Abby Covert, staff information architect at Etsy, shares with us the strategies and tactics they are using to pay closer attention to language choices they make across both internal and external user experiences.
Kristina Halvorson: I’m really excited to welcome our next speaker to this stage. I’ve admired her work for such a long time. She’s really recognized within the information architecture community, and her work is growing with excitement in the CS community as well. I’ve been informed that her last name is not pronounced like “Cobert”, but it is Covert, right? Nailed it.
Abby Covert is an Information Architect at Etsy. She specializes in delivering a collaborative information architecture process and teaching those that she works with along the way. She is also the author of How to Make Sense of Any Mess, which is a book about information architecture for everybody. So please welcome to the stage, Miss Abby.
Abby Covert: Thanks! Hi Con-Fam. How’s everybody doing? I didn’t get to eat the cake, because I’m going to eat my cake after the talk, so I’m hoping that I can sustain on your sugar rush for now.
I’m here to talk to you about language. It does not actually scare me at all, to stand in a room full of folks that create content and talk about language. I will stop talking about language publicly when we get really good at thinking about language from an organizational perspective. So far, I don’t think we’re there yet, so we’re going to go for it. (My slides are not right on this, just so we’re all on the same page. Tech time. Thank you, yeah, back further, further, further. Okay, perfect. So let’s get into this.)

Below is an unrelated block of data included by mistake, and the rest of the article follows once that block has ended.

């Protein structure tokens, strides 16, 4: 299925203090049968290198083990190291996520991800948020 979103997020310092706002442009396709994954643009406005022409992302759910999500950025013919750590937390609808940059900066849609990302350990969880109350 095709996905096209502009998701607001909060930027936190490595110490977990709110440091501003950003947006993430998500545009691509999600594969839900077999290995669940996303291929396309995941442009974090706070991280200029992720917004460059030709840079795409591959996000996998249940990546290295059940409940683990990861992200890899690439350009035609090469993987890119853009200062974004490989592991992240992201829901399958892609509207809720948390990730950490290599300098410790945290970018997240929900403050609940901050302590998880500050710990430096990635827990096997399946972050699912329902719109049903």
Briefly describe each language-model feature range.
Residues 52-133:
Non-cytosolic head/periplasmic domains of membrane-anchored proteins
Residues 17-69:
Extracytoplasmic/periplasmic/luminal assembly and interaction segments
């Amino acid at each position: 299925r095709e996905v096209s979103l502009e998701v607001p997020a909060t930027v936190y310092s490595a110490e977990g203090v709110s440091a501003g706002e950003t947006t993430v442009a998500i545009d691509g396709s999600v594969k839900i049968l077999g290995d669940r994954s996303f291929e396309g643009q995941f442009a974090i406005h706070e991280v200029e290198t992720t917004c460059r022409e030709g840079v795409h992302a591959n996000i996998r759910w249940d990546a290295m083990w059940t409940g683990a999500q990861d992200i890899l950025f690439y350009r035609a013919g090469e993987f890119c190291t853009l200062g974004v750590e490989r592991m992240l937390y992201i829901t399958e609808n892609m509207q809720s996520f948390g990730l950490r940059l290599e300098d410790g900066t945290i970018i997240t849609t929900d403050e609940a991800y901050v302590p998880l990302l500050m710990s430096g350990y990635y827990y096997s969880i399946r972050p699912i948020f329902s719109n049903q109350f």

First, let’s start by thinking about language as a material. The reason that I think this is important is because there is a lot of materials that we use every day in the work that we do, but language is actually one that spans past our work life into our life-life. Language is something that we use every day to communicate with everyone from our coworkers to our loved ones, to perfect strangers on the street. So let’s define language.
If you look up “language” in the dictionary, it’s pretty broadly defined as a complex system used for communication. There are many different types of language, whether that be visual, spoken, written, or even body language. So the key word in the definition of language is “complex.” So whether we’re trying to figure out the right language for us to explain ourselves to a loved one, when we’re discussing something difficult, or determining the right language for a more formal setting, when we’re presenting our work to an executive that’s going to have deciding power on the things that we’re doing.
The way that we think about language really depends on how we understand our context and our experience, and the way that we want that to be related to somebody else. So when it comes to designing things for other people with other people, language is actually the most important material that we have access to. Language can help us get our point across, but it can also be like a brick wall between our idea and someone else’s understanding.
So in my work as an information architect, I have seen organizations of all shapes and sizes really struggle to get on the same page, because they lack the single most important asset that’s needed for consensus, which is a shared understanding of their language.
We often think that if we use language that’s grammatically correct, that we’ve done our job in communicating to others. But in reality, there’s a translation step that’s built into the process of understanding that many people don’t think often enough about.
So this translation step is probably best represented by pointing out the difference between “content” and “information.” Now, in my experience, I have seen these words used synonymously more than differentiated in most circumstances. The problem with doing that, is that we’re making the assumption that people’s interpretation of our output will be the same as our intent for it. This is a really dangerous assumption for us to make.